SAN ANGELO, TX – Trial proceedings began in the case against local bail bondsman Ray Zapata yesterday morning. Currently Zapata is being tried on counts of forgery, theft, and money laundering.
How did we get here?
The saga began with John Edward Sullivan. He was a millionaire in San Angelo who was arrested for one count of possession of child pornography and online solicitation of a minor on March 27, 2014. Taking into account Sullivan’s extensive resources, his bond was set at $1,000,000. Ray Zapata, a local bail bondsman, and Armando Martinez joined together to pay the bond.
Sullivan was found dead by Zapata and Martinez, two months after Sullivan had been released from jail. His death was deemed the result of natural causes. John Young, Sullivan’s attorney, presented a new will dated two days before Sullivan’s death. In the new will, Sullivan allegedly named Young the sole beneficiary of his estate. Zapata was listed as the witness. An investigation ensued, and as a result, Zapata was alleged to have written Sullivan's will. Now Zapata and Young face several charges relating to fraud and theft.
Above: John Sullivan, inset, was found dead in is home during the summer of 2014. This is the scene on his street on June 4, 2014. Sullivan left a small fortune, and criminal and civil court cases are attempting to sort it all out. (TGCJ and John Basquez)
The History of the Sordid Affair of Ray Zapata, John Young, and John Sullivan
3/27/2014 – “DPS Arrests 77-Year-Old Man for Child Pornography and Online Solicitation of a Minor” – The Texas Department of Public Safety (DPS) executed a search warrant at the residence of John Edward Sullivan, located at 516 South Jefferson on the night of March 26,2014. Sullivan, age 77, was arrested and charged with online solicitation of a minor and possession of child pornography, both third-degree felonies. Additional charges against Sullivan were possible at that time. The search was a result of a seven-month investigation by the DPS Criminal Investigations Division (CID), which began in August 2013 with a complaint of obscene phone calls to the San Angelo Girl Scouts of America office.
6/4/2014 – “Accused San Angelo Pedophile Dead at 77” – Sullivan, who had been charged with child pornography and online solicitation of a minor was found dead in his residence on the afternoon of June 4, 2014, then Police Chief Tim Vasquez confirmed. John Edward Sullivan, 77, likely died of natural causes. Police confirmed that there would not be a criminal investigation of his death.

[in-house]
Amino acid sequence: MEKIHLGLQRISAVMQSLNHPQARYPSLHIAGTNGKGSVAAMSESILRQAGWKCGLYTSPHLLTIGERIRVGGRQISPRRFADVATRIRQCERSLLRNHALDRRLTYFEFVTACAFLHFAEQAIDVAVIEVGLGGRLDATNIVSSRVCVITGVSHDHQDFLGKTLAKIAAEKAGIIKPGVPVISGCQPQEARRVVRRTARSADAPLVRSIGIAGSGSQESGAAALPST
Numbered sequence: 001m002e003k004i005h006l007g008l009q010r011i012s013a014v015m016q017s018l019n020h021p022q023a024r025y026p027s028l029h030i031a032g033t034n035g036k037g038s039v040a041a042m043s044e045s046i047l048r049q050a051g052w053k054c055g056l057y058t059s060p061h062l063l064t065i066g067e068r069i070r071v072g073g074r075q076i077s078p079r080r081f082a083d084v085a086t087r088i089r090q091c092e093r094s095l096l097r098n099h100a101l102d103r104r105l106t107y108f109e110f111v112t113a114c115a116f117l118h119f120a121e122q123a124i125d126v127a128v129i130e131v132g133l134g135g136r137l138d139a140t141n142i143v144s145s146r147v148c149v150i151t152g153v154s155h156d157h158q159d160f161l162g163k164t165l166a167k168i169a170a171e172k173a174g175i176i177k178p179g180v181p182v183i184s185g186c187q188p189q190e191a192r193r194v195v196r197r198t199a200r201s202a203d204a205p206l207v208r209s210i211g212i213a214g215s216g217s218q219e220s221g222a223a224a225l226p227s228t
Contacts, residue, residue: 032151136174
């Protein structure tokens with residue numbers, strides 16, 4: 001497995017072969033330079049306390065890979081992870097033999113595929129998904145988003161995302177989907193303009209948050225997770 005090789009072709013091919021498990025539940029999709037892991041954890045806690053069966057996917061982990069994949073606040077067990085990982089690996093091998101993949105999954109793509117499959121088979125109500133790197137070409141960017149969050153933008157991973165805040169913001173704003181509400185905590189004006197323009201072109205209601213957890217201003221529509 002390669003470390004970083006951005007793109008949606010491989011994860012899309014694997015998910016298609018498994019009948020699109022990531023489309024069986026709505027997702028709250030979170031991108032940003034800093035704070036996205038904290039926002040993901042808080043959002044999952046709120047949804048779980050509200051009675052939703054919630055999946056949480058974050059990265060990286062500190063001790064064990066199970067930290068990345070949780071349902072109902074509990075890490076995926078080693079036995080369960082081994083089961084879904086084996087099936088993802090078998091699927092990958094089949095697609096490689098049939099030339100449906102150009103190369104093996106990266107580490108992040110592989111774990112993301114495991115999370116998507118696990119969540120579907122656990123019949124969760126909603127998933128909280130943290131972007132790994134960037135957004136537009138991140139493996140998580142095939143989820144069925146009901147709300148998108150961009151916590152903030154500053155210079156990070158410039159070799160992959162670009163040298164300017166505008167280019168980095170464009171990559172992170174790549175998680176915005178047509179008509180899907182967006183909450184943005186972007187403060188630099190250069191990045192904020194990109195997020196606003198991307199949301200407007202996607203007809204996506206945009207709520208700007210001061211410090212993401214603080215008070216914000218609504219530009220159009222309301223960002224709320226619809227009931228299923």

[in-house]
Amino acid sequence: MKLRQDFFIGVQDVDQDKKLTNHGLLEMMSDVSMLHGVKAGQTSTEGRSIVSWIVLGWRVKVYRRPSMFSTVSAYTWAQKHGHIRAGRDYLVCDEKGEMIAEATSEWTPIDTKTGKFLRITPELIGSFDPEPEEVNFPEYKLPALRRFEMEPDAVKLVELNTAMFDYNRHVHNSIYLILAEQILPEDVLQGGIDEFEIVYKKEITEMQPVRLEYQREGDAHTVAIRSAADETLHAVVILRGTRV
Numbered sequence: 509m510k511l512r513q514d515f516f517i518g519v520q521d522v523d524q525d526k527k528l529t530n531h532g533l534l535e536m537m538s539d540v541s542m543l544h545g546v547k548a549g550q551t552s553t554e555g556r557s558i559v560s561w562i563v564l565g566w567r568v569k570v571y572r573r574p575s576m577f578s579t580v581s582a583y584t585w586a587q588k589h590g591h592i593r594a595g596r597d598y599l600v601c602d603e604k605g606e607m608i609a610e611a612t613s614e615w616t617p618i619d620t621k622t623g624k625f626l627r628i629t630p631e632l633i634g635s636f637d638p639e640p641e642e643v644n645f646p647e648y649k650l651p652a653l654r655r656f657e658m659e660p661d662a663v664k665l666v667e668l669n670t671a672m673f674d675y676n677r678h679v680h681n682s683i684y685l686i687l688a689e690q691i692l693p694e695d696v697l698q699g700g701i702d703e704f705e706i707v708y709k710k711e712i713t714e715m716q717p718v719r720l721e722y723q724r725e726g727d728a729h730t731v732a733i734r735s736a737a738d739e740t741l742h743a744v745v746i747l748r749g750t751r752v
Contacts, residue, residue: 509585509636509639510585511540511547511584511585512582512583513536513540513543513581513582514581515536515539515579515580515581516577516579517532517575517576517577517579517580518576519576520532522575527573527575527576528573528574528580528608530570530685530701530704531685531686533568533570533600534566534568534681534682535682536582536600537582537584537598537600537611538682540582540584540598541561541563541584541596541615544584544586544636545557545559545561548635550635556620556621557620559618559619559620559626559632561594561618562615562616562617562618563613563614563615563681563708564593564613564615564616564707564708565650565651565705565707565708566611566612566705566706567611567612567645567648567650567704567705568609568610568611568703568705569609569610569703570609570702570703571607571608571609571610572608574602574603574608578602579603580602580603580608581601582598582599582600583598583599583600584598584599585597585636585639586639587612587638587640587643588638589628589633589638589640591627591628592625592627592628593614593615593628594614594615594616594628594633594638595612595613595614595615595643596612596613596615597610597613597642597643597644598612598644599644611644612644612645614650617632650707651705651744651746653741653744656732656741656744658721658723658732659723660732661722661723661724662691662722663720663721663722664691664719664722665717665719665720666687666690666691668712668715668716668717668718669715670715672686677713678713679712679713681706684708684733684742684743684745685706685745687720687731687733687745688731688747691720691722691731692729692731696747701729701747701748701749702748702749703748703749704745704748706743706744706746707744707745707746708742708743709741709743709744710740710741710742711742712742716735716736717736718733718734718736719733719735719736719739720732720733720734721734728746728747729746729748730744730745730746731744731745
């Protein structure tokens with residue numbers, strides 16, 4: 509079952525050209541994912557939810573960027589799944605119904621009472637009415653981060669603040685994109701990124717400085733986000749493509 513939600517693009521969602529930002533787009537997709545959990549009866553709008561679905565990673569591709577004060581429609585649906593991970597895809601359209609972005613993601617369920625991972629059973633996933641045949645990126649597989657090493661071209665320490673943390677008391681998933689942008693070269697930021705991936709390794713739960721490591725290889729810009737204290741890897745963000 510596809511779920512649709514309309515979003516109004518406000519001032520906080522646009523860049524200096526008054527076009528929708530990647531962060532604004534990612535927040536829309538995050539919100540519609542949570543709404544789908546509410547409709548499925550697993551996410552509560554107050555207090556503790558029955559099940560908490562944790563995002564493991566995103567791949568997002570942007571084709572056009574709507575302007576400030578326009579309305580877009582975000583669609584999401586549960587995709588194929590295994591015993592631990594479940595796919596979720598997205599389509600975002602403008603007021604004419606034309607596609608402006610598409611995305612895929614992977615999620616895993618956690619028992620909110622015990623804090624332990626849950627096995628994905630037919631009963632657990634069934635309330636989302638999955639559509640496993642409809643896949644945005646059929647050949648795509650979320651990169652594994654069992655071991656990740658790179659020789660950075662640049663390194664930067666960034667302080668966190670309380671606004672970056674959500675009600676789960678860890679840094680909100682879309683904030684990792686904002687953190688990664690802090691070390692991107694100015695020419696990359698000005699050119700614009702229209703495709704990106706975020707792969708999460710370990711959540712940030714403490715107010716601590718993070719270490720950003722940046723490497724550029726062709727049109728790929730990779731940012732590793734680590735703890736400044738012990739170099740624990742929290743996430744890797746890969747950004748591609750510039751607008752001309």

6/6/2014 – “Affidavits Detail How Sullivan Preyed Upon Young Boys” – The affidavits detailed the accounts of at least three juvenile victims of sexual contact, intercourse, and sexual performance over a period that began between February 2009 and February 2010 and concluded with Sullivan’s arrest on March 26, 2014.
Also included in the affidavits were summaries of reports from four adults in San Angelo, who filed complaints and completed interviews with law enforcement officers that described Sullivan as a pedophile and child predator.
The summarized chronology of the documents detailed allegations ranging from telephone harassment and solicitation to sexual oppression for money and 'pimping out' children. It also included allegations of requesting to have someone adopt a child from Ecuador and hand the child over to Sullivan thereafter.
8/2/2014 – “The Will: Sullivan Leaves His Fortune to His Defense Attorney” – The estate of John Edward Sullivan was officially handed over to his defense attorney on August 2, 2014, when the court denied a request to appoint an administrator made by a former friend of Sullivan’s who had interest in the estate.
In a handwritten will dated June 2, 2014, Sullivan designated attorney John Stacey Young as the executor and sole beneficiary of his estate, leaving all of his money, assets and personal effects to the defense attorney “in case of some unexpected emergency or death”.
Two days later, Sullivan was found dead.
3/26/2015 – “San Angelo Bail Bondsman, Defense Attorney Accused of Forging Will of Alleged Pedophile” – A San Angelo bail bondsman and a high-power defense attorney have both been indicted on multiple felonies that center on the will of alleged pedophile John Sullivan, who died of natural causes in 2014.
Zapata bonded out of jail on the afternoon of March 26, 15, a few hours after he was booked. Jenkins A-Action Bail Bond posted the $45,000 on Zapata's behalf. Zapata is an employee of Jenkins.
3/27/2015 – “A San Angelo Lawyer Tipped Off Texas Rangers About Ray Zapata” – At the time, of Sullivan’s death, no foul play was suspected, however when a handwritten will was submitted in a probate hearing 12 days later, another local attorney, who knew Sullivan, Zapata and Young, grew suspicious of the whole deal.
Local attorney Joe Hernandez, attended the probate hearing in Judge Ben Nolan’s court on June 16, 2014, and reported his suspicions and concerns to Texas Ranger Nick Hanna two days later. Having heard Hernandez’s concerns, Ranger Hanna obtained handwriting samples of Ray Zapata from previously written bail bonds and contacted San Angelo Police Detective Rodney Black, a handwriting expert, to examine the writings.
After meeting with Hernandez, Ranger Hanna turned to the second bail bondsman, Armando Martinez, who had been present with Zapata when Sullivan’s body was found. Martinez reported that when they found the body, Zapata called Young to tell him of Sullivan’s death. He then took a picture of the body, Martinez said, and allegedly sent it via MMS or email to an unknown recipient.
4/6/2015 – “Woman Claims The Late John Edward Sullivan Was Her Brother and Wants His Estate” – Her brother had been dead for one month and 19 days before Louise Chabot heard anything about it. The information was passed through a telephone call from a relative who had read the news on July 23, 2014.
Working quickly to gather the information and pen the motion, local attorney Mark Brown, filed a two-page document with the county court on July 28, 2014 titled “Heir’s Appearance and Motion for New Trial” on behalf of Louise Chabot.
The document was thin and provided little information on the grounds for the request, but in filing, Chabot became the first to question the validity of the will on the record.
Despite her efforts to prove her relation to Sullivan and claim his estate, Chabot’s motion for a new trial was denied by Judge Ben Nolen on a number of grounds. Nolan ruled that Chabot had exceeded the 30-day time limit to file a motion for a new trial and further ruled that she hadn’t proven who she was.